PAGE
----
Chapter 13 records Nehemiah’s second visit to Jerusalem. He
found that the Jewish men had repeated the sin of taking heathen
wives. In fact, some of the priests had even sinned in this way. It
was now necessary for this courageous saint to face the sin and
honestly judge it. He started at the house of God, when he
discovered that the high priest was allied with the Jews’ enemy,
Tobiah. Nehemiah lost no time in throwing out Tobiah and his goods,
and having the Temple chamber sanctified for its proper use.
The Book of Nehemiah closes with three prayers (verses
22,29, and 31). Nehemiah had done his work, but only God could bless
it and keep it going. The time would come when Nehemiah would die,
and the majority of the people would forget him. However, because of
his faithfulness, God would never forget him.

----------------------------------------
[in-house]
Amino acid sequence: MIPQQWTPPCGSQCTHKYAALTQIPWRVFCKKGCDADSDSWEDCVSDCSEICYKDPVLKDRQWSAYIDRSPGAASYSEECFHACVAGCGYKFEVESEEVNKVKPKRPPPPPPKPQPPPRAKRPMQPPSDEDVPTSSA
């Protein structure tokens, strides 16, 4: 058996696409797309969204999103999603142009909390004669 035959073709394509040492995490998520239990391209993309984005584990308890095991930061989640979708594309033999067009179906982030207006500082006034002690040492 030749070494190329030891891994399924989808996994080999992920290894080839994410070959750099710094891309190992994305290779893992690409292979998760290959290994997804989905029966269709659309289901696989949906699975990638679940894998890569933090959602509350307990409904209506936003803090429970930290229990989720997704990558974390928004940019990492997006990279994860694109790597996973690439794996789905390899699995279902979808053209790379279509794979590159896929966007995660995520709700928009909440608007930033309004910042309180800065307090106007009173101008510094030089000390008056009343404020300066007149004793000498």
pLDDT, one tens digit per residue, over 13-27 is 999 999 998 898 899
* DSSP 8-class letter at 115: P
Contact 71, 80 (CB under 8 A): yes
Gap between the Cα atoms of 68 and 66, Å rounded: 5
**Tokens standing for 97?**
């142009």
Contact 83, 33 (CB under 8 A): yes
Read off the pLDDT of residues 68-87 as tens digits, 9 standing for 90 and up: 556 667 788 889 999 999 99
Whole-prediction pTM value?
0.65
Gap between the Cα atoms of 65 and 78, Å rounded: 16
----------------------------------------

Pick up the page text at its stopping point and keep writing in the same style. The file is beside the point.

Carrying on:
The events recorded in the Book of Esther take place between
Ezra 6 and 7. The third year of Ahasuerus (chapter 1:3) would be the
year 483 b.c. Ahasuerus was the title of the Persian ruler, just as
Pharaoh was the title of the Egyptian ruler. The Book of Esther does
not mention the name of God, but the name of the king is mentioned
at least 28 times.
The significance of the Book of Esther is that it testifies
to the secret watchcare of Jehovah over dispersed Israel. Even
though the word “Jehovah” does not appear in the book, His
overruling providence is seen in every chapter.
King Xerxes ruled from 486 to 465 b.c. We can see from our
reading that he was an impulsive ruler. At least four years passed
between chapters 1 and 2, during which time King Xerxes went on his
disastrous Greek campaign. He came home a bitter man. It was only
natural that he should seek some kind of comfort in his home. In the
latter part of chapter 2, King Xerxes makes Esther queen, to take
the place of Vashti.